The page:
As the RI of BC is still reported to vary over a wide range and the MAC used in this study was a mean value, it is critical to assess the impact caused by variation in the real and imaginary parts of the RI on the calculated MAC and the derived EBC. For aerosol particles with given DBC and Tshell, we calculated the MAC of BC with the real part of the RI ranging from 1.5 to 2.0 and the imaginary part ranging from 0.5 to 1.1. The step increase of both the real and imaginary parts was 0.01 and there were 3111 MAC values for every aerosol particle with given DBC and Tshell. The ratio of the standard deviation to the mean value for these 3111 MAC values have been presented to demonstrate the uncertainty in the MAC due to the uncertainty of BC RI.

Figure 7a shows the uncertainties in the MAC along different values of DBC and Tshell. It shows that aerosol particles with a small BC core have larger uncertainties and all the uncertainties were below 24 %, implying a large variation in absorption for BC-containing particles with a small BC core. When Dparticle was fixed, the uncertainties decreased with increasing DBC. When DBC was determined, the uncertainties did not change much with Tshell, indicating the importance of quantifying DBC for BC-containing particles in order to reduce RI-related uncertainty in absorption. For pure BC particles, the uncertainties also significantly decreased with increasing BC particle size from over 22 % at 100 nm to less than 2 % at 600 nm. Figure 7b shows the uncertainties when the imaginary part was fixed at 0.8 and the real part ranged from 1.5 to 2.0 with an interval of 0.01. It can be seen that when the imaginary part of the RI was fixed, variations in the real part led to slight uncertainties. All the uncertainties were found to be below 14 %. Figure 7c demonstrates the uncertainties when the real part was fixed at 1.75 and the imaginary part ranged from 0.5 to 1.1 with an interval of 0.01. Comparing Fig. 7a and c, we can see that the patterns of the MAC uncertainties were similar. Overall, the uncertainties were dominated by the variations of the imaginary part and only slightly affected by variations in the real part. Therefore, it is highly recommended to reduce the uncertainties in the imaginary part for a more precise absorption measurement.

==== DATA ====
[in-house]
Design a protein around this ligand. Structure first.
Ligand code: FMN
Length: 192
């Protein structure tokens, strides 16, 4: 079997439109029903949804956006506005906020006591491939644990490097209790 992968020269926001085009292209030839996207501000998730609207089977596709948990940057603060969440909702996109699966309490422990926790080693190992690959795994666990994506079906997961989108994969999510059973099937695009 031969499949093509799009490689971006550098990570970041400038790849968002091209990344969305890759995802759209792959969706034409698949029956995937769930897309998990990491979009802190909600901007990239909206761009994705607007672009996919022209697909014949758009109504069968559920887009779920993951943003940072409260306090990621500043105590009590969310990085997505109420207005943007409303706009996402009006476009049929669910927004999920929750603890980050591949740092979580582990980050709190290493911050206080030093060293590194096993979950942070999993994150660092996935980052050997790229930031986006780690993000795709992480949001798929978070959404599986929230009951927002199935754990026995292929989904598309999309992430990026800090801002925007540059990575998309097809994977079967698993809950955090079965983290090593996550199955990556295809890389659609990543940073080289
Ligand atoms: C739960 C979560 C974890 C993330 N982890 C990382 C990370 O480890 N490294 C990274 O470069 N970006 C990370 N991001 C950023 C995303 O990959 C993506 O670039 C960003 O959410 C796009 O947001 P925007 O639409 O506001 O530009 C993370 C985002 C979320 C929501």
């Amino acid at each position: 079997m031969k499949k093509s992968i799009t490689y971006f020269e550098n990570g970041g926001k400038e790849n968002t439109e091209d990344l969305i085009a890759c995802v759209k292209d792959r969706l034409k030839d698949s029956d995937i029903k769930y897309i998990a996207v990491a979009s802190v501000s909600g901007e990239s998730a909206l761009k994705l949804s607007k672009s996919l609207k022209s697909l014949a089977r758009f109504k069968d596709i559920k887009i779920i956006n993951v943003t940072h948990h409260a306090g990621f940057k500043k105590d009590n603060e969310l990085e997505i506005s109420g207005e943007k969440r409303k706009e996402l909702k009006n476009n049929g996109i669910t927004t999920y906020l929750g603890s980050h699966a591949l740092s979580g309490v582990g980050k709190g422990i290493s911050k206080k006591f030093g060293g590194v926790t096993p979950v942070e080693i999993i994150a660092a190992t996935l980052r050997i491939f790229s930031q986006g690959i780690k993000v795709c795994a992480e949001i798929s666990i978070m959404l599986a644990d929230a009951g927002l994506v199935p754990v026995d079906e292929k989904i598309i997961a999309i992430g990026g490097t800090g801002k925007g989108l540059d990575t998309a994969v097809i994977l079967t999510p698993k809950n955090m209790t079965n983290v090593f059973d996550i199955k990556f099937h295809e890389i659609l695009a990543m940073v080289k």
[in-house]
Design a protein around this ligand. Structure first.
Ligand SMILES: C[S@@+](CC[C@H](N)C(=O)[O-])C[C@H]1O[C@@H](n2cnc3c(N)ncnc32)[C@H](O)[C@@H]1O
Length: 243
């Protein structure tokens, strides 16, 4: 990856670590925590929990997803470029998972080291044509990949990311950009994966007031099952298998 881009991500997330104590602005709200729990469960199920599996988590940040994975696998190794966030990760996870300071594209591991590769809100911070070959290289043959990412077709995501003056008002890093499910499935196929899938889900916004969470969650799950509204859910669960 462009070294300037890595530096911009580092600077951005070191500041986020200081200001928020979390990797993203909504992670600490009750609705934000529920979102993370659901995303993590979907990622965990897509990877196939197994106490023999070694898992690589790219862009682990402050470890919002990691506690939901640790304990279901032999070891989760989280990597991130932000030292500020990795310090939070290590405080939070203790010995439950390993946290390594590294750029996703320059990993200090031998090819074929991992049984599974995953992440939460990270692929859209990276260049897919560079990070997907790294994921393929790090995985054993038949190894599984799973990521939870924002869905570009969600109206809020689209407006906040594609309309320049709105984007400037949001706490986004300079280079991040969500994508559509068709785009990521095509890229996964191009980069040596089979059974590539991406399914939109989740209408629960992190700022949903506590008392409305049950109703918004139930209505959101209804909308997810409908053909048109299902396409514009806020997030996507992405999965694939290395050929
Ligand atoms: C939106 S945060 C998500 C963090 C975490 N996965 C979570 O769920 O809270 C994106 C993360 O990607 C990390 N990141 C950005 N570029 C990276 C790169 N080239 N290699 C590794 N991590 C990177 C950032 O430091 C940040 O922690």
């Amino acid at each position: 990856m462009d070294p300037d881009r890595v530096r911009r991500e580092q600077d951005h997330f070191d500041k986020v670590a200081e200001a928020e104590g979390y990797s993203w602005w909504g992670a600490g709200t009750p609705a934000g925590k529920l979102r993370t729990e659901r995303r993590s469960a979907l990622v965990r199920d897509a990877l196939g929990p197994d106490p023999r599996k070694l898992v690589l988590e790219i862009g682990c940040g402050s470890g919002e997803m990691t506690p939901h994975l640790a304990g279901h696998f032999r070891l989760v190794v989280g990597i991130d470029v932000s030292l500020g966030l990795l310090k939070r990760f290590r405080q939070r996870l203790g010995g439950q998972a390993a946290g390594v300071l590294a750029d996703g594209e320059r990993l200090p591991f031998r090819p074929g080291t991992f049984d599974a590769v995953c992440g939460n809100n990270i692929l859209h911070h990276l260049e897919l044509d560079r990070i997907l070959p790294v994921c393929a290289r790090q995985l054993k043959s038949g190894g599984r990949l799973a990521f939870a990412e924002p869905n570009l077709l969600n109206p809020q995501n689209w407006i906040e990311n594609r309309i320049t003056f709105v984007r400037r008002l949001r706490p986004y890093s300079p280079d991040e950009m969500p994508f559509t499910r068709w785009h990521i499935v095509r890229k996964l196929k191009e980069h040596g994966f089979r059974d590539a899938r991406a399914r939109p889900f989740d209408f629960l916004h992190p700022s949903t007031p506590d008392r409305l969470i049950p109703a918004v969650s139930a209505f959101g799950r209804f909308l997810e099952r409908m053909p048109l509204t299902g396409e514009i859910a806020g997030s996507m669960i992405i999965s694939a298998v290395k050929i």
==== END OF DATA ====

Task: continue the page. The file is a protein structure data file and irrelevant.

Figure 7Uncertainty in the MAC of BC when (a) the real part of the RI ranges from 1.5 to 2.0 and the imaginary part ranges from 0.5 to 1.1, (b) the real part of the RI ranges from 1.5 to 2.0 and the imaginary part is fixed at 0.8 and (c) the real part of the RI is fixed at 1.75 and the imaginary part ranges from 0.5 to 1.1. The bold black solid line is the 1:1 line and presents the uncertainty of the MAC for pure BC particles with different RIs.